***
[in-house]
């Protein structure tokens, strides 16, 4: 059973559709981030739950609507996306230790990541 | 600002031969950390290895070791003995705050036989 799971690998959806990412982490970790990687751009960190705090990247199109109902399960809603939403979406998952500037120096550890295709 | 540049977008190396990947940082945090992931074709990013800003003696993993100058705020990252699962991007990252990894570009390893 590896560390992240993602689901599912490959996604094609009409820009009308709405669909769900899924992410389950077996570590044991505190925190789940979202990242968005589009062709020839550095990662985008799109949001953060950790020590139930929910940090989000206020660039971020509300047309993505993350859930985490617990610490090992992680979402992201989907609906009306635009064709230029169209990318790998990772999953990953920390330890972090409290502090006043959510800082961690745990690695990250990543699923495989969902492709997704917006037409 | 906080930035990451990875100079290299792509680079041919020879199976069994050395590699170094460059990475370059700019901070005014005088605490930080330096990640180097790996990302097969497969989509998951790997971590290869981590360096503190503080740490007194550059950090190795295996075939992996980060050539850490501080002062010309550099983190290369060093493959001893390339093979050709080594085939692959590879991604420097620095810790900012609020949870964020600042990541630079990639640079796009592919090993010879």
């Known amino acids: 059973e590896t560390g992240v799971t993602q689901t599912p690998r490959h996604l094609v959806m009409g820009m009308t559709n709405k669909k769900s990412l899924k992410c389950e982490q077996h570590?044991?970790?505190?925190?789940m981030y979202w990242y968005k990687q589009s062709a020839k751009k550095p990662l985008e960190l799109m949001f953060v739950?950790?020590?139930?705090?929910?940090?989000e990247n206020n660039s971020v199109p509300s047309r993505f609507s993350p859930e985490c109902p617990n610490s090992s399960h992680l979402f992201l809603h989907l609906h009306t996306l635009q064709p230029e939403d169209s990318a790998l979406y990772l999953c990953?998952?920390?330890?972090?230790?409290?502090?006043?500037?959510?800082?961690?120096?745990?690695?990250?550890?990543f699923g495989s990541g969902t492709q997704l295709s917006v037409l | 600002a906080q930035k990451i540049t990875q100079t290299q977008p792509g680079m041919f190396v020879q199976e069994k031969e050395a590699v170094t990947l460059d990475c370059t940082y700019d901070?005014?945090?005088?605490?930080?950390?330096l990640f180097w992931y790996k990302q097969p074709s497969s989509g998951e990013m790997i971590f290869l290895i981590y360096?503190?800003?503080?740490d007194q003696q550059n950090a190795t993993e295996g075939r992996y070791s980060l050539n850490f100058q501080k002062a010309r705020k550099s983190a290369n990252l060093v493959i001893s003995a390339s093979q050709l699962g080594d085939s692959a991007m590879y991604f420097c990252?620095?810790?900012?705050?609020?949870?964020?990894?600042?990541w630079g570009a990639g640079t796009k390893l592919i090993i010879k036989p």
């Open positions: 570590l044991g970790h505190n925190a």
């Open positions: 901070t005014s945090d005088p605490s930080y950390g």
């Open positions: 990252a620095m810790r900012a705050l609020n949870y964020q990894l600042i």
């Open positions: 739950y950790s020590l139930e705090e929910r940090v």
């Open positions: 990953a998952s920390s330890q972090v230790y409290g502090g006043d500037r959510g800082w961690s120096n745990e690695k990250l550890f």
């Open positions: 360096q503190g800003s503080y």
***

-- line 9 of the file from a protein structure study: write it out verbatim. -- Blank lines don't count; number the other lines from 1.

């Open positions: 360096q503190g800003s503080y």